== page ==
The extracts below give the Oriel flavour.
Malcolm Turnbull must take note of the Menzies strategy:
Malcolm Turnbull’s inaugural national security address reset Liberal Party philosophy from the neoconservative interventionism of Tony Abbott to a classical liberal policy of containment.It didn't take long for Melbourne University Laureate Professor Emeritus Cheryl Saunders AO to point out the absurdity. She was up bright and early to tweet:
However, classical liberal faith presupposes a desire for individual enlightenment and civil society — consciously rejected by Islamists, whose collectivist ideology of jihadism threatens life and liberty across the globe. ...
Turnbull has acknowledged Robert Menzies’ role in preventing totalitarian ideology at the dawn of World War II by introducing a national security bill. The bill effectively contained the antipodean threat of Nazism, but it is Menzies’ later fight against communism that illuminates a possible path of progress to address the jihadist threat we face.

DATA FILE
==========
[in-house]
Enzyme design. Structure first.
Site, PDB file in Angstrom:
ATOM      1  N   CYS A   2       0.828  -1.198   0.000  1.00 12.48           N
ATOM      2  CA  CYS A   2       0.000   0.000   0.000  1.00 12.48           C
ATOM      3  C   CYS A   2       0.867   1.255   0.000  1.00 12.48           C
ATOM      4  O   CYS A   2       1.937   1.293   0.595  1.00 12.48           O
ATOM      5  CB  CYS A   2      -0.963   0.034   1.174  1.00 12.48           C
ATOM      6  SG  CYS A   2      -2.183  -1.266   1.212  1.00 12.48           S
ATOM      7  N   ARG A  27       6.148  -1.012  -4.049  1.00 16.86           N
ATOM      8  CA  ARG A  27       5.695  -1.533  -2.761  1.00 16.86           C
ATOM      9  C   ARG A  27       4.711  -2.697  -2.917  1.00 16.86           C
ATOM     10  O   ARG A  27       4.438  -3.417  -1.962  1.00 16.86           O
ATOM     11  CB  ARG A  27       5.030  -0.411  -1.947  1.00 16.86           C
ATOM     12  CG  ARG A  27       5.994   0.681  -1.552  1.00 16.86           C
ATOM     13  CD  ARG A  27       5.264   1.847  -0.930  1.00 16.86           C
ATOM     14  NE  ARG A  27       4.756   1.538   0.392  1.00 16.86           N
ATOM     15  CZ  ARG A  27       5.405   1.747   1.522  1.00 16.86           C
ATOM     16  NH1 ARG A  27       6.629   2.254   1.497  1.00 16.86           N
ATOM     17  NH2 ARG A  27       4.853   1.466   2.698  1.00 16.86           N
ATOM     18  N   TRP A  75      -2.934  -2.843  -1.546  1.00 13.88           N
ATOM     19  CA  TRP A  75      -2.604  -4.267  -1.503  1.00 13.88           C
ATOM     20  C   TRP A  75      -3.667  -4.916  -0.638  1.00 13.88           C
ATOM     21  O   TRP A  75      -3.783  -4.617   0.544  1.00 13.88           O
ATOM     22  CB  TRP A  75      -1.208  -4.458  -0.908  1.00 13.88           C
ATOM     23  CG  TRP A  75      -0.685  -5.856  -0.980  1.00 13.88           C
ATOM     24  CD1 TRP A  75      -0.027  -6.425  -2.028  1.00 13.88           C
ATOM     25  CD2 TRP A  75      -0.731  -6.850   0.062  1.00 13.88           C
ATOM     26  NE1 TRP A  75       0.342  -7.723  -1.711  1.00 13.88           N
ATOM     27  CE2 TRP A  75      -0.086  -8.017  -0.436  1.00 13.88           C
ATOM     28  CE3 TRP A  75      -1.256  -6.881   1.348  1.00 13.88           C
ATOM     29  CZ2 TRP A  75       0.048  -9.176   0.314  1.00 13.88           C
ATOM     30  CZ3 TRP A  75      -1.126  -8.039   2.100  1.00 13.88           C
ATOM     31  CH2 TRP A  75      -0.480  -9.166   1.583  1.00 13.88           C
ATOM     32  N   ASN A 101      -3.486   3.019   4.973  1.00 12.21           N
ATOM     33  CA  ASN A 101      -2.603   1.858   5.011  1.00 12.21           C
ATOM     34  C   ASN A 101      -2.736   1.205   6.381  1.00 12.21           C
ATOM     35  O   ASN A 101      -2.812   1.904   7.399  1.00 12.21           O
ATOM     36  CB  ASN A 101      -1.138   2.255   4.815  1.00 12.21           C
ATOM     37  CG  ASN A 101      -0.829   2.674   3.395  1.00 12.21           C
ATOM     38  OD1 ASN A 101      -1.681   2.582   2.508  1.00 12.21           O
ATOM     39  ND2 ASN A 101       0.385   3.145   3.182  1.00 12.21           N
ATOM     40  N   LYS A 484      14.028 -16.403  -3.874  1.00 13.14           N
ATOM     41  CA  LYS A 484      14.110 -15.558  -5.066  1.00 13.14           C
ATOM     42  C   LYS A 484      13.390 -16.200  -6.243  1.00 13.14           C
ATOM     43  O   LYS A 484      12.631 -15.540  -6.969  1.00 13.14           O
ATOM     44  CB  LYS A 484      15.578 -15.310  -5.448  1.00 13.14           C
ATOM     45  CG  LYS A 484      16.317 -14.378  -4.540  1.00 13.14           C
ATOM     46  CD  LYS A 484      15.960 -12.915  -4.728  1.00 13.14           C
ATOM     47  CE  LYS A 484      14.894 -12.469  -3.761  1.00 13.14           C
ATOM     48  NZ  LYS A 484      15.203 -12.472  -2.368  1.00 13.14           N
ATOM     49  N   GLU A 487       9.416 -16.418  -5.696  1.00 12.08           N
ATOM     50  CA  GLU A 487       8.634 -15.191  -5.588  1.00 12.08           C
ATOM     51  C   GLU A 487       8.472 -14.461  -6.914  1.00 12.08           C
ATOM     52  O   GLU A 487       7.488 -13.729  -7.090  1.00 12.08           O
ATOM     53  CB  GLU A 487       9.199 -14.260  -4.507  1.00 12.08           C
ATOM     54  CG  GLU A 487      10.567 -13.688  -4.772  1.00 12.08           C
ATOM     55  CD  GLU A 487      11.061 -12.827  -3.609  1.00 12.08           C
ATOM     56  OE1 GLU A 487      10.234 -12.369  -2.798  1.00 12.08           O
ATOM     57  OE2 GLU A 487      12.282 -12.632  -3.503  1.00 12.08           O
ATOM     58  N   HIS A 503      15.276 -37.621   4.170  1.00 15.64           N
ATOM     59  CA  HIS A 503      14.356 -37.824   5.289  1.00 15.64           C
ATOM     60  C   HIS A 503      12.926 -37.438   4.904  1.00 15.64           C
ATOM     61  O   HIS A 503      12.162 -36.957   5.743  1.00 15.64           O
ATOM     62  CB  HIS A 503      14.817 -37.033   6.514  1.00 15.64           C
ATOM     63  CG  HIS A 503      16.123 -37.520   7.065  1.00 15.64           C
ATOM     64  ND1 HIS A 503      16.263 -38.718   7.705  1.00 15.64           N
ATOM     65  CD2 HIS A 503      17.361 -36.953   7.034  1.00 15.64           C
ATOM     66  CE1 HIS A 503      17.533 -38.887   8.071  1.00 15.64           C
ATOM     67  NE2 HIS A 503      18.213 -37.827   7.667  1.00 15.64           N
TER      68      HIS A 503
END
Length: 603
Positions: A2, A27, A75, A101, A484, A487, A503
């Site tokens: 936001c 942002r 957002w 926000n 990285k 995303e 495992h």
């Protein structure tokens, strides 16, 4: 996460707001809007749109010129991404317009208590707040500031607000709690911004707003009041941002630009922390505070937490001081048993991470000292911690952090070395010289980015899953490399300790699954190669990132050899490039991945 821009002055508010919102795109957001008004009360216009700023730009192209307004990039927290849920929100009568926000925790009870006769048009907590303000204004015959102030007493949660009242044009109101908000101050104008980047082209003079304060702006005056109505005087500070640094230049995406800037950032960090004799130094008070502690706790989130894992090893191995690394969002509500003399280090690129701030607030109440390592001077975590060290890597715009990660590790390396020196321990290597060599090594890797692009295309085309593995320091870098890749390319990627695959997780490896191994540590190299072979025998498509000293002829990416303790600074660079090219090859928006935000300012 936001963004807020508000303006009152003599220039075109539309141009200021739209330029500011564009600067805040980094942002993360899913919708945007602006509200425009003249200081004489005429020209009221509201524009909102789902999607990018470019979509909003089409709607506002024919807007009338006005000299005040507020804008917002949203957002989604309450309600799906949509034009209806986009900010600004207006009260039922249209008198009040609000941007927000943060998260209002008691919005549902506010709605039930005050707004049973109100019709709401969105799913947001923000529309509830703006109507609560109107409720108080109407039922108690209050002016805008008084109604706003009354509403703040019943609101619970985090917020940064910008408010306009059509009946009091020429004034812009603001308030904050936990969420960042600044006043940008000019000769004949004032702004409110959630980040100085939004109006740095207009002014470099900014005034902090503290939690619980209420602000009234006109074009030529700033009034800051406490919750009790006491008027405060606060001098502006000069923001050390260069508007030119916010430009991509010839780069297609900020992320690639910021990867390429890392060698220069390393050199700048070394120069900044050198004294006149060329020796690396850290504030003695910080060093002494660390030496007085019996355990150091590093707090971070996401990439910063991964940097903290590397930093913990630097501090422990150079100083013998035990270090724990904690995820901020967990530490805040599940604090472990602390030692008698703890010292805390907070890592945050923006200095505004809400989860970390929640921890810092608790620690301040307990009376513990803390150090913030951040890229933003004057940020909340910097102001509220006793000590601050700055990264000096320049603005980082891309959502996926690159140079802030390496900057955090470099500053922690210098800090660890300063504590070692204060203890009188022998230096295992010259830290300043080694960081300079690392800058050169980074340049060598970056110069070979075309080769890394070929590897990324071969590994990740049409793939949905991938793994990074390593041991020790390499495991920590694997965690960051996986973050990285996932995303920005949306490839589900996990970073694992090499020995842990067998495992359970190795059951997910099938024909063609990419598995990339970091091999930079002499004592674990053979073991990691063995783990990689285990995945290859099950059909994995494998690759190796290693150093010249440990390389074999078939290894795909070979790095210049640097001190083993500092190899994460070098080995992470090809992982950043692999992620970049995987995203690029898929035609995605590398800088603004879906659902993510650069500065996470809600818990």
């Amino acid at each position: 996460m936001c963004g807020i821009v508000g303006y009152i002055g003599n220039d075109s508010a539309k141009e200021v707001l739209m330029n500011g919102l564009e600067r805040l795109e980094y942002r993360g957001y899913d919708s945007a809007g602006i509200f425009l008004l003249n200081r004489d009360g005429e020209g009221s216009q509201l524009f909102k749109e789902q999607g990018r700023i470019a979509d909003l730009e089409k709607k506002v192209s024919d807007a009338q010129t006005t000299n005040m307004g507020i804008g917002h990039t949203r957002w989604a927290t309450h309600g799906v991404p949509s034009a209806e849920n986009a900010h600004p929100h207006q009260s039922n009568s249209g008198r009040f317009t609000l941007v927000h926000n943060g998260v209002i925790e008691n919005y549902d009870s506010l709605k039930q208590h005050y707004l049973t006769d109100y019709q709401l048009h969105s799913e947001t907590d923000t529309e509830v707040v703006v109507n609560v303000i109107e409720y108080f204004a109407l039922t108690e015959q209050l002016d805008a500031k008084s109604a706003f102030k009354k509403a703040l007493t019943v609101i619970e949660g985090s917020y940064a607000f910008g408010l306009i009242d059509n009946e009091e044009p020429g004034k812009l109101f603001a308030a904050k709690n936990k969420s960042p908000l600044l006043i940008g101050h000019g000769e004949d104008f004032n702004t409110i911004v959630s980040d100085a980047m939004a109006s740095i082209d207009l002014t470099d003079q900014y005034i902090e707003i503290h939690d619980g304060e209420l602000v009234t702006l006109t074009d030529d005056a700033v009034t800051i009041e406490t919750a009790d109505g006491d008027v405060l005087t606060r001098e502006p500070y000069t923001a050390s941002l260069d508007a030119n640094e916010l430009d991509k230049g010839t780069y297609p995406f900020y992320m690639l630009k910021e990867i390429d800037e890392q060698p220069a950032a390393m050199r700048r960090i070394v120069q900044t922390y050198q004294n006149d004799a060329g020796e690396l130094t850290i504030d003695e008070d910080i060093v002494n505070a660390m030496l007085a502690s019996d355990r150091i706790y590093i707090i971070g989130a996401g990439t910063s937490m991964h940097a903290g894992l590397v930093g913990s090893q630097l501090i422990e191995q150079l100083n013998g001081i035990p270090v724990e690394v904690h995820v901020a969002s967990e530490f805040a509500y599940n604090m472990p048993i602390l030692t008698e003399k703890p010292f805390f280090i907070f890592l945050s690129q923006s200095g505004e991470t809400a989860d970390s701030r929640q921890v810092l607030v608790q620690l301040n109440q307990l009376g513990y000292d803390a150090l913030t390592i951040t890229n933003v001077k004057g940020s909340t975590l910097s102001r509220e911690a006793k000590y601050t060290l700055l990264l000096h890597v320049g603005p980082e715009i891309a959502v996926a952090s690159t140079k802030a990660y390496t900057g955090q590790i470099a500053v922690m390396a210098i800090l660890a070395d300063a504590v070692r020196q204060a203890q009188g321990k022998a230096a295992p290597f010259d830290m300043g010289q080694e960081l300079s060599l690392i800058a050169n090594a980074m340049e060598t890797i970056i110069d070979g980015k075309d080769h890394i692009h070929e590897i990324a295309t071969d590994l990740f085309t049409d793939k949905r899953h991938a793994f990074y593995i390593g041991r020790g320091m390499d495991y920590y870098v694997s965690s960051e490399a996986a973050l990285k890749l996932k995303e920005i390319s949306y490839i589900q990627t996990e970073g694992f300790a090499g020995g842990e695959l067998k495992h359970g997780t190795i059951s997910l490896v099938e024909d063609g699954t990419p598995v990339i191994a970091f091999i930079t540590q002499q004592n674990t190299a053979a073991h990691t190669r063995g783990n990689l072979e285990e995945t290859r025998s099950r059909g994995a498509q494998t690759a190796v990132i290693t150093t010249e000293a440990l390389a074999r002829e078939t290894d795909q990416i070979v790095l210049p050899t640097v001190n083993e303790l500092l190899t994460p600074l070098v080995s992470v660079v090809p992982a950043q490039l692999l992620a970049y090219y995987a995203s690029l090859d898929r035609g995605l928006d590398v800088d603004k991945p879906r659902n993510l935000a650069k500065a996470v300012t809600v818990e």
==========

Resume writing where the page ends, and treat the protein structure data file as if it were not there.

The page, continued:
Menzies fought communism by introducing the Communist Party Dissolution Act in 1950. The act aimed at thwarting the communist threat to Australia’s sovereignty by blocking its path to political legitimacy. The tactics prohibited by that act are almost identical to the tactics outlined in Islamic State’s playbook.
Menzies identified communist ideology with the intent to “assist or accelerate the coming of a revolutionary situation” by subverting the state’s security apparatus, defence capabilities and vital industries. He rightly classified the subversive strategy as treason. As a result, the Australian Communist Party was banned and its proselytising faith prohibited.
While the measures introduced by the government thus far have reduced the threat of jihadist attacks, they have not mitigated the long-term subversion of the state by jihadist ideology.
Nothing more needs to be said really.Actually, the ban was overturned as unconstitutional and an attempt to reintroduce it through referendum failed. https://t.co/wiFKIiSTe9— Cheryl Saunders (@CherylSaunders1) December 1, 2015
Note: This item was corrected to remove references to the IPA. The original said Oriel was an IPA commentator. She is not although they once published something of hers. The lesson I have relearned is treat googled references with care. Thanks to Tim Duncan for pointing out my error. It is always nice to know you have a reader.